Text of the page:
Interview – William Cannata talks about autism awareness training for firefighters

Fredericton Fire (2)Fredericton, Canada – At the beginning of July we reported on the Fredericton Fire department, who are the first Canadian fire department to take autism awareness training. The training, Autism Awareness  First Responder- Fire/Rescue, is taught by retired Boston firefighter, Bill Cannata, who was  Captain of the Westwood Fire Department. Tofday Mr Cannata is the Coordinator of the Autism and Law Enforcement Education Coalition ,(ALEC). The report can be read here: Canadian firefighters take autism awareness training.

This workshop that Mr Cannata runs provides the opportunity to give first responders an overview of Autism Spectrum Disorder (ASD), growth rates, theories, common characteristics, effective communication methods, behavioral symptoms, sensory issues, and some practical skills on how to effectively interact and respond to an emergency involving a person with ASD.

The objectives of the training are to:

  • To prepare fire and rescue personnel for a response to an emergency involving a person with Autism Spectrum Disorder (ASD).
  • How to identify characteristics and behaviors of a person with ASD.
  • How to effectively communicate with a person with ASD.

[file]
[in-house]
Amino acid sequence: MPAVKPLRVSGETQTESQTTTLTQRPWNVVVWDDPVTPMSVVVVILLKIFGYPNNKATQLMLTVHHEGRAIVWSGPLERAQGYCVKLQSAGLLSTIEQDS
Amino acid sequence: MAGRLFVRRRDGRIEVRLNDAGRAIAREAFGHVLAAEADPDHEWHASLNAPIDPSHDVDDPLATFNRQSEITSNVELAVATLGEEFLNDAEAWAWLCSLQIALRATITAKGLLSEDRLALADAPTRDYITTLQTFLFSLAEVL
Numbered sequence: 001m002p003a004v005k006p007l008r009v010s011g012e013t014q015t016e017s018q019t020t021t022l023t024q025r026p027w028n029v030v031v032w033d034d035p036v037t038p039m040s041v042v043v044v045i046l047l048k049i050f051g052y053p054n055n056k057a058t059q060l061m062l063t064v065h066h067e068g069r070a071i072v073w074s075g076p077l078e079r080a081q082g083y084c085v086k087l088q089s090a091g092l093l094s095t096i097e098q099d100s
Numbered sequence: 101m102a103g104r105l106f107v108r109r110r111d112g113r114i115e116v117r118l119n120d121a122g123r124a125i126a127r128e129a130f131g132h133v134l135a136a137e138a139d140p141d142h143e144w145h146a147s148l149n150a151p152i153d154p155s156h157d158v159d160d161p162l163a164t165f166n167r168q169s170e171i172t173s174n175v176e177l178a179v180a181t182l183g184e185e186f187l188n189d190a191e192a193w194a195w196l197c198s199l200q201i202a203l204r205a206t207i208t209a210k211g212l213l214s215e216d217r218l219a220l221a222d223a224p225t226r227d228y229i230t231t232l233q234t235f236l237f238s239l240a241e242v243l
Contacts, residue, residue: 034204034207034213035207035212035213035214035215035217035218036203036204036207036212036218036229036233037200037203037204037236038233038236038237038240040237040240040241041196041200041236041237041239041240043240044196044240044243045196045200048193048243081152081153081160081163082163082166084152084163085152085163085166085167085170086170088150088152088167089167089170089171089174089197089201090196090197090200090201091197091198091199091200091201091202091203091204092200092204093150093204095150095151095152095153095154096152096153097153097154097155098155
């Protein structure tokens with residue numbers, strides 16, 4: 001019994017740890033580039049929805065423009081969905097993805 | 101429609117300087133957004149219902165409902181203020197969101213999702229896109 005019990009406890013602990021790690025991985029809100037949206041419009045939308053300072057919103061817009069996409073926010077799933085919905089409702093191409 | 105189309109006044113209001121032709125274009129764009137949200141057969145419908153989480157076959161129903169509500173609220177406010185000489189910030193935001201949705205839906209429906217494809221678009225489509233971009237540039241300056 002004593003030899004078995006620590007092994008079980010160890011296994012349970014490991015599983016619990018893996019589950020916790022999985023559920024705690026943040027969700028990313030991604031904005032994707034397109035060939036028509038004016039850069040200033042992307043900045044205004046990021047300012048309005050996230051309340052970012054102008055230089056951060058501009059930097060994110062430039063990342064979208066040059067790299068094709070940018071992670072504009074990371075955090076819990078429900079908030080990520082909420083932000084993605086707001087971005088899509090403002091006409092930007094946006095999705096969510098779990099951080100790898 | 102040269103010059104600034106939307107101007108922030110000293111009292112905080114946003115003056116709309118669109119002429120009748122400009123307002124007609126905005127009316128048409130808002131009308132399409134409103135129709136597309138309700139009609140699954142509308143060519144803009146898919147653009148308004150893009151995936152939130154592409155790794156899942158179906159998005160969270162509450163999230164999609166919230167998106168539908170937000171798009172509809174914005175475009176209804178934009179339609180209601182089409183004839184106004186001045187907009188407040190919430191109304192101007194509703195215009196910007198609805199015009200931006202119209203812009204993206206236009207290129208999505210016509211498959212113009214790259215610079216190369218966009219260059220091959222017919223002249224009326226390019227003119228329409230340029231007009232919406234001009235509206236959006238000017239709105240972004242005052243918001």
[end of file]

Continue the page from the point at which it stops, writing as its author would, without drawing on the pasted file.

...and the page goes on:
• Discuss special tactics, rescue techniques, and patient care.
  • How to build relationships with the ASD community.

I wanted to learn more about the training that Firefighters receive in regards to autism awareness and I contacted Mr Cannata. He kindly agreed to answer my questions via email.

Below is my interview with Mr Cannata.



Can you tell me a little about your personal experiences with autism.

I have a 24 year old son with autism. His name is Ted. He was diagnosed at 13 months old. I feel he has taught me about people with ASD and I need to share this information with my peers in the emergency services so they will better understand Ted and other people with Autism.

Have you dealt with many autistic individuals in a fire emergency? How did you approach these individuals?

I have only had calls for service on the medical side and wandering related calls. Many first responders that we have trained have had contact with people with Autism in emergencies. My approach and the approach that we teach is to quiet the scene down, deescalate the person with ASD if you need to by giving them space and help them work through this. Be prepared for delayed responses because of slower processing for some individuals with ASD.

How did you develop the autism training program? When did it start?

In 2003, The Arc of South Norfolk in Massachusetts held a training session for first responders. The Arc was seeing contact with first responders and people with ASD were not going well and in some cases with fatal results. A group of parents that were first responders including myself, attended a training about how to interact with people with Autism. This was a law enforcement training. From this, I developed a training for firefighters and emergency medical services. What I did was take my experience as a career firefighter and my experiences with my son Ted and if he was in an emergency, how he would react to the situation. In 2004, The Autism and Law Enforcement Education Coalition (ALEC)was formed to train first responders in South Norfolk County Massachusetts.